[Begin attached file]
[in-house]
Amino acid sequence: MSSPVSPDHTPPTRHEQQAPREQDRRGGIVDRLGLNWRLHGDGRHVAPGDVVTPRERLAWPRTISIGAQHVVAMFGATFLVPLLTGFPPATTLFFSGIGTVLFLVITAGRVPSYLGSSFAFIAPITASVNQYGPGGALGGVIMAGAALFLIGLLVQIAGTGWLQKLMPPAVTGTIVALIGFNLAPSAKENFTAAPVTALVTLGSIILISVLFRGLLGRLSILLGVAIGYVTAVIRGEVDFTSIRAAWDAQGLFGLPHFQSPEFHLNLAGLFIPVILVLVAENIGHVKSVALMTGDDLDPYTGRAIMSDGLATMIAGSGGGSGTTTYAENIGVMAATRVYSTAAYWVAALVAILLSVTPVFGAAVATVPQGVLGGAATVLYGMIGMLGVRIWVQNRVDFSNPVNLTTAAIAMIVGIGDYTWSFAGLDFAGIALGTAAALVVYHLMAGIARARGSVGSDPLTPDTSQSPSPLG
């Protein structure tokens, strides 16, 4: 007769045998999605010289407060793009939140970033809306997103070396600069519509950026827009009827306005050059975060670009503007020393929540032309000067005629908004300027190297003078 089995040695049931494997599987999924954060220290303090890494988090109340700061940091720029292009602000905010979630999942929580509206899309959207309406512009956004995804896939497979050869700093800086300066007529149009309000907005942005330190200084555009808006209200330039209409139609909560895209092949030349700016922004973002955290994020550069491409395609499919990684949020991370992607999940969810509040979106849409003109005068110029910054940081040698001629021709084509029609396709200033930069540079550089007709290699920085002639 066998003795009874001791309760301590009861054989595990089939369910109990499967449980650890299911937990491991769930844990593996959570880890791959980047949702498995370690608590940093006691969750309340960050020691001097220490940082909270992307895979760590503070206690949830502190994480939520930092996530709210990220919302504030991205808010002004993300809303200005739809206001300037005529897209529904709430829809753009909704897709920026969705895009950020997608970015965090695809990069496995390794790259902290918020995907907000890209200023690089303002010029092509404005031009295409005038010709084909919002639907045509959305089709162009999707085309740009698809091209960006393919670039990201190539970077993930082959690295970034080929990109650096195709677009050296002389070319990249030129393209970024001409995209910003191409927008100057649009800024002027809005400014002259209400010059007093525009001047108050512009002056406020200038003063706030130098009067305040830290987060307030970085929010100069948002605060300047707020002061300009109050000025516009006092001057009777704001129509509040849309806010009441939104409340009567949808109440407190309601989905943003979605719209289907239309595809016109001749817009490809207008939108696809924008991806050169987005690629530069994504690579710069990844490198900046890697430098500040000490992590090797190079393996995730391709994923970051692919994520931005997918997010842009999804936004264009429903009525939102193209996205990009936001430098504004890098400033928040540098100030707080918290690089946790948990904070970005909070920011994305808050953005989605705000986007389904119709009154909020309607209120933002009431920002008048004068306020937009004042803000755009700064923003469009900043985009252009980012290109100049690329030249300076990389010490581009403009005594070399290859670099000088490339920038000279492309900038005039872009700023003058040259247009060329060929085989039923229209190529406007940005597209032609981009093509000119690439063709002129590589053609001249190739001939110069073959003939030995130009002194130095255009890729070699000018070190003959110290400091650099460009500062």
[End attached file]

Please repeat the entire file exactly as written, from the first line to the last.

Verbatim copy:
[in-house]
Amino acid sequence: MSSPVSPDHTPPTRHEQQAPREQDRRGGIVDRLGLNWRLHGDGRHVAPGDVVTPRERLAWPRTISIGAQHVVAMFGATFLVPLLTGFPPATTLFFSGIGTVLFLVITAGRVPSYLGSSFAFIAPITASVNQYGPGGALGGVIMAGAALFLIGLLVQIAGTGWLQKLMPPAVTGTIVALIGFNLAPSAKENFTAAPVTALVTLGSIILISVLFRGLLGRLSILLGVAIGYVTAVIRGEVDFTSIRAAWDAQGLFGLPHFQSPEFHLNLAGLFIPVILVLVAENIGHVKSVALMTGDDLDPYTGRAIMSDGLATMIAGSGGGSGTTTYAENIGVMAATRVYSTAAYWVAALVAILLSVTPVFGAAVATVPQGVLGGAATVLYGMIGMLGVRIWVQNRVDFSNPVNLTTAAIAMIVGIGDYTWSFAGLDFAGIALGTAAALVVYHLMAGIARARGSVGSDPLTPDTSQSPSPLG
């Protein structure tokens, strides 16, 4: 007769045998999605010289407060793009939140970033809306997103070396600069519509950026827009009827306005050059975060670009503007020393929540032309000067005629908004300027190297003078 089995040695049931494997599987999924954060220290303090890494988090109340700061940091720029292009602000905010979630999942929580509206899309959207309406512009956004995804896939497979050869700093800086300066007529149009309000907005942005330190200084555009808006209200330039209409139609909560895209092949030349700016922004973002955290994020550069491409395609499919990684949020991370992607999940969810509040979106849409003109005068110029910054940081040698001629021709084509029609396709200033930069540079550089007709290699920085002639 066998003795009874001791309760301590009861054989595990089939369910109990499967449980650890299911937990491991769930844990593996959570880890791959980047949702498995370690608590940093006691969750309340960050020691001097220490940082909270992307895979760590503070206690949830502190994480939520930092996530709210990220919302504030991205808010002004993300809303200005739809206001300037005529897209529904709430829809753009909704897709920026969705895009950020997608970015965090695809990069496995390794790259902290918020995907907000890209200023690089303002010029092509404005031009295409005038010709084909919002639907045509959305089709162009999707085309740009698809091209960006393919670039990201190539970077993930082959690295970034080929990109650096195709677009050296002389070319990249030129393209970024001409995209910003191409927008100057649009800024002027809005400014002259209400010059007093525009001047108050512009002056406020200038003063706030130098009067305040830290987060307030970085929010100069948002605060300047707020002061300009109050000025516009006092001057009777704001129509509040849309806010009441939104409340009567949808109440407190309601989905943003979605719209289907239309595809016109001749817009490809207008939108696809924008991806050169987005690629530069994504690579710069990844490198900046890697430098500040000490992590090797190079393996995730391709994923970051692919994520931005997918997010842009999804936004264009429903009525939102193209996205990009936001430098504004890098400033928040540098100030707080918290690089946790948990904070970005909070920011994305808050953005989605705000986007389904119709009154909020309607209120933002009431920002008048004068306020937009004042803000755009700064923003469009900043985009252009980012290109100049690329030249300076990389010490581009403009005594070399290859670099000088490339920038000279492309900038005039872009700023003058040259247009060329060929085989039923229209190529406007940005597209032609981009093509000119690439063709002129590589053609001249190739001939110069073959003939030995130009002194130095255009890729070699000018070190003959110290400091650099460009500062």